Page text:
I have a confession. I’m a lapsed writer. Writing used to be my preferred daily activity, and then it was a burden.
Asking for and getting feedback on your story feels like requesting a slap in the face, hoping for a high five, but getting punched in the gut instead. It’s hard to see or hear your story picked apart even if you know it is for the story’s own good.
Your finished book is the culmination of months or years of hard work made manifest in paper or pixels. You want it to look as compelling as the story it tells and as readable as the language you chose to tell it in.
If you ever want to see time stand still, say the word “marketing” in a group of writers. It’s like someone started a game of “Red Light, Green Light” and forgot to yell “Green light!” after everyone stopped moving. And yes, plenty of the frozen writers do look like they want to flee the room. The rest look like they want to vomit.
Where copy and line editors clean up a manuscript by polishing the prose itself, proofreaders check to make sure those changes came through without introducing more problems. They buff your manuscript to a brilliant sparkle.
Making sure you have the cleanest manuscript possible isn’t just good business sense, it shows you have respect for your reader, too. You don’t want them to get lost in your story because it’s full of errors they have to mentally correct along the way. You want them to get lost in it because it’s that good.
Ultimately, a developmental editor helps you develop as a writer. Sure, they help you write a story that others will want to read, but supporting your improvement as a writer is at the heart of the job. What you learn from a DE for one story should help you as you write future stories.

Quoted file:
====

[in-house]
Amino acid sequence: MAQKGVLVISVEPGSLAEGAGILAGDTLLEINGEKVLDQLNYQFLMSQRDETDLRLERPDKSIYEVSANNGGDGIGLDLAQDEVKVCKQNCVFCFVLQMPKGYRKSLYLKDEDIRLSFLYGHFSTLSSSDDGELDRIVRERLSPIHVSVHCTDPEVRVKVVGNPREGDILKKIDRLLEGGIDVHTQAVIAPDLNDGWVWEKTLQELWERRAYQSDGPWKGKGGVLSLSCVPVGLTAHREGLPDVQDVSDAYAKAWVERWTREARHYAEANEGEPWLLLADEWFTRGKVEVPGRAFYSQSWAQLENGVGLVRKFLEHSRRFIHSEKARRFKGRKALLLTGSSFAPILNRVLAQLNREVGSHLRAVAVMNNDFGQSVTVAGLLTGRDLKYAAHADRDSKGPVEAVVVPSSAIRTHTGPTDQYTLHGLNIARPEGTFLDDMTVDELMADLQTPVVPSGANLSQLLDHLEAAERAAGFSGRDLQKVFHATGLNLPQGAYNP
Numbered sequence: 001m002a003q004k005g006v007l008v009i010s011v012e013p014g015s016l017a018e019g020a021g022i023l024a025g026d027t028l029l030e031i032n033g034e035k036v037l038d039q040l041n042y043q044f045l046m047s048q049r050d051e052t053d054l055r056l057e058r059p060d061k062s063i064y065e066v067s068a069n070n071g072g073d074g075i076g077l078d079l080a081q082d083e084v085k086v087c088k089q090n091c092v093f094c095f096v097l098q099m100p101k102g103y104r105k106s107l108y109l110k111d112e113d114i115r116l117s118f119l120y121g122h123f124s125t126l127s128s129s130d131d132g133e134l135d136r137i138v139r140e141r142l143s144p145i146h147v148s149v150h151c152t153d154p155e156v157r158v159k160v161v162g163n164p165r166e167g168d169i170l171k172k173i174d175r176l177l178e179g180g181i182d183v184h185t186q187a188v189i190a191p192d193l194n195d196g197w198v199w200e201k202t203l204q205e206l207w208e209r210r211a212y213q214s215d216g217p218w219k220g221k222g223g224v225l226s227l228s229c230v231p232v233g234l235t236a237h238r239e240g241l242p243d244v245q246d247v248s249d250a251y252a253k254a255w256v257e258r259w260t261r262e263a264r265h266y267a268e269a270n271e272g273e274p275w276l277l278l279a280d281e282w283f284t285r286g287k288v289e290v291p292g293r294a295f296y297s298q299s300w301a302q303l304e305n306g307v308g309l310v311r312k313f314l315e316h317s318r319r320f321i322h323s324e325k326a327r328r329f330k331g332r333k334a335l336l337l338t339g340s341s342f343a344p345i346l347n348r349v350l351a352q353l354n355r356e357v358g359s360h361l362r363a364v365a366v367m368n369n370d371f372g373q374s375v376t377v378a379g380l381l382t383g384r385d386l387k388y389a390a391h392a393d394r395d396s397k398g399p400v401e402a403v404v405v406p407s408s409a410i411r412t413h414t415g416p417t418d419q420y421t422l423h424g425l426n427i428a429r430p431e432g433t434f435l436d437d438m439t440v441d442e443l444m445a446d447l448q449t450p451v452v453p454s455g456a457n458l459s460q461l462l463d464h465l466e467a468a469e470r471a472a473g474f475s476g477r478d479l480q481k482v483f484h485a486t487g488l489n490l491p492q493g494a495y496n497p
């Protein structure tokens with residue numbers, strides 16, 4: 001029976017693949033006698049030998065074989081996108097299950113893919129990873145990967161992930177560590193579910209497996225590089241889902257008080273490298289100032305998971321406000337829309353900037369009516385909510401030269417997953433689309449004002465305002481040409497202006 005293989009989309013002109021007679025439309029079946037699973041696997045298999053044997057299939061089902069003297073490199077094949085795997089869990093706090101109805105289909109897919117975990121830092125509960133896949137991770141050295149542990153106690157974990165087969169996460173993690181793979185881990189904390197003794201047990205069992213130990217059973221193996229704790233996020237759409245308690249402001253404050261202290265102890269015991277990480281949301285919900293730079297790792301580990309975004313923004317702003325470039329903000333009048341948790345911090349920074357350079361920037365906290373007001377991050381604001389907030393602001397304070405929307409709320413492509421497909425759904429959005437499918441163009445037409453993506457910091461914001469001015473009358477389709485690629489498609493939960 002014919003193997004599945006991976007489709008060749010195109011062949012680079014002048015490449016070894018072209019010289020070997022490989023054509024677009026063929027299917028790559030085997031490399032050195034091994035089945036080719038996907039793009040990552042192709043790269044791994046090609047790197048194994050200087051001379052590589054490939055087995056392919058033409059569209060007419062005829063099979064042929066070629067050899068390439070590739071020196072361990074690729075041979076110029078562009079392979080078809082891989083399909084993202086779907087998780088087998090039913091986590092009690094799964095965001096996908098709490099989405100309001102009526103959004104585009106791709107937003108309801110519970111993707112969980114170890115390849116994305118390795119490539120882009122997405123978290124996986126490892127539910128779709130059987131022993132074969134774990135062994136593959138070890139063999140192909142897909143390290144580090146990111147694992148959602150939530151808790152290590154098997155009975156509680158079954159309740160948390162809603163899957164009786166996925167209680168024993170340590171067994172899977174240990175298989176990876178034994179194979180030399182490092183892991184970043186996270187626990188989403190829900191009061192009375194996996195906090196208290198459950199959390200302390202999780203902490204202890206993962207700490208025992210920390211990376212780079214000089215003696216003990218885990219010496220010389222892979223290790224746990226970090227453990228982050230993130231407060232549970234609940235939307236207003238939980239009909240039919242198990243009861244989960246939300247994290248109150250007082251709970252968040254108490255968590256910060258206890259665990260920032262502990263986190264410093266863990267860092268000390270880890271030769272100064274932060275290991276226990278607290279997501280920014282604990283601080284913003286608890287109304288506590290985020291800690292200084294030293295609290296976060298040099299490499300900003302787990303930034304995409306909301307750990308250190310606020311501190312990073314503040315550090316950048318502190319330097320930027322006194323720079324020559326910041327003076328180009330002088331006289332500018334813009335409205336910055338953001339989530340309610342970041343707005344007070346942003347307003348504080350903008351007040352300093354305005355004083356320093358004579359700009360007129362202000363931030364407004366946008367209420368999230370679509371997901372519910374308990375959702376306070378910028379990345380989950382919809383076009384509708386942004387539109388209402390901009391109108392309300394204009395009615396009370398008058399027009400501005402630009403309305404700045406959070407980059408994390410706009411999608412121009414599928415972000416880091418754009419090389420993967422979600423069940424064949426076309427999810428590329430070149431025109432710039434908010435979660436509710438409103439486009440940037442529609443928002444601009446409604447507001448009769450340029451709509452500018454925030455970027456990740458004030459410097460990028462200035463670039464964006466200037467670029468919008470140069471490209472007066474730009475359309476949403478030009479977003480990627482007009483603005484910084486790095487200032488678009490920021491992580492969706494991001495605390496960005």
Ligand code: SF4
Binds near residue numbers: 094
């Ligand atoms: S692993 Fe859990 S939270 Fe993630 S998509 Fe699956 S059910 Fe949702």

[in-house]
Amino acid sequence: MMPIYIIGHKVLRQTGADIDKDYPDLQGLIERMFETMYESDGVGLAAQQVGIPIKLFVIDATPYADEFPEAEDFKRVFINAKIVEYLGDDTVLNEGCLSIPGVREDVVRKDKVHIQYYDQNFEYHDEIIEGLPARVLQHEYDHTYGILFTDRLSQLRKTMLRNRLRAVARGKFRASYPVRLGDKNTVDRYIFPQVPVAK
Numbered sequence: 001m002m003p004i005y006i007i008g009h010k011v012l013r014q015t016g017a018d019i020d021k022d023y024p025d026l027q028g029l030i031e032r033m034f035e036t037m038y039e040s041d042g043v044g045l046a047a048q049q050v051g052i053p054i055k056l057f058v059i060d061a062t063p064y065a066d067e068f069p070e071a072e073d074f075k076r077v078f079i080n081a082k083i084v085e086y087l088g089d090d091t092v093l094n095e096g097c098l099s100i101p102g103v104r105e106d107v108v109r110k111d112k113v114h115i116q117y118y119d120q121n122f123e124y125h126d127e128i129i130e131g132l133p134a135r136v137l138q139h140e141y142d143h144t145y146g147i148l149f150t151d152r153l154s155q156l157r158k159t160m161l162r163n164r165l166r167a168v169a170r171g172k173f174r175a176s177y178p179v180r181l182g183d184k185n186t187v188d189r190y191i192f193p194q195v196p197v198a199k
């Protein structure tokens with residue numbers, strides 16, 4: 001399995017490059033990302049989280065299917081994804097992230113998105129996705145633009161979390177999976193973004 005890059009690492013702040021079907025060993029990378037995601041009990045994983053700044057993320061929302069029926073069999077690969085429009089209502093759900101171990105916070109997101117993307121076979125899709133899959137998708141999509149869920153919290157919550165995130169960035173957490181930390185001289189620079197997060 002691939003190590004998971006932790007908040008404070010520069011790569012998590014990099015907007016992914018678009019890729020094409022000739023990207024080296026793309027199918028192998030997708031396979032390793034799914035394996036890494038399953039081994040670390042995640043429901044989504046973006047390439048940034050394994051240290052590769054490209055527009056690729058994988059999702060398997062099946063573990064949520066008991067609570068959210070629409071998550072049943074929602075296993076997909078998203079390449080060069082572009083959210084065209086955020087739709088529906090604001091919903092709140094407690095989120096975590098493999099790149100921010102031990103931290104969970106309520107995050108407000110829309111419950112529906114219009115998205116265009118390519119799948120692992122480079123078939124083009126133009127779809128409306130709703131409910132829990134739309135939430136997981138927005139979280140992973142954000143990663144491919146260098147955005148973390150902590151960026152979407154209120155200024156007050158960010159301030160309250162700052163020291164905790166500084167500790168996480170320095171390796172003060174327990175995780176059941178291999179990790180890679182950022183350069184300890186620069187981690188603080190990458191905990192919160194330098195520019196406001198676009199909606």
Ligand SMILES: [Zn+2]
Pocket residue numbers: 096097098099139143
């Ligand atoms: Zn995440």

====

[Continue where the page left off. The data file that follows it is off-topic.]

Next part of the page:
One of the most important lessons fanfiction writers learn as they write and post their stories, is that having a beta they can rely on for constructive criticism can mean the difference between an ok story and a story that winds up on recc lists long after their favorite show is off the air.
As a professional editor, I want to help other fic writers disprove the notion that fic writers aren’t real writers. We know better. Plenty of fic writers have published original fiction, some even winning awards for it. You can, too, and I can help you.
Last year, I plowed through the bulk of Kerry Greenwood’s Phryne Fisher mysteries. I devoured the twenty or so books in the series like I’d hit the Girl Scout cookie jackpot (which I have no doubt Phryne would approve of on several levels), only with none of the guilt or potential diabetes and a few bucks left in my pocket.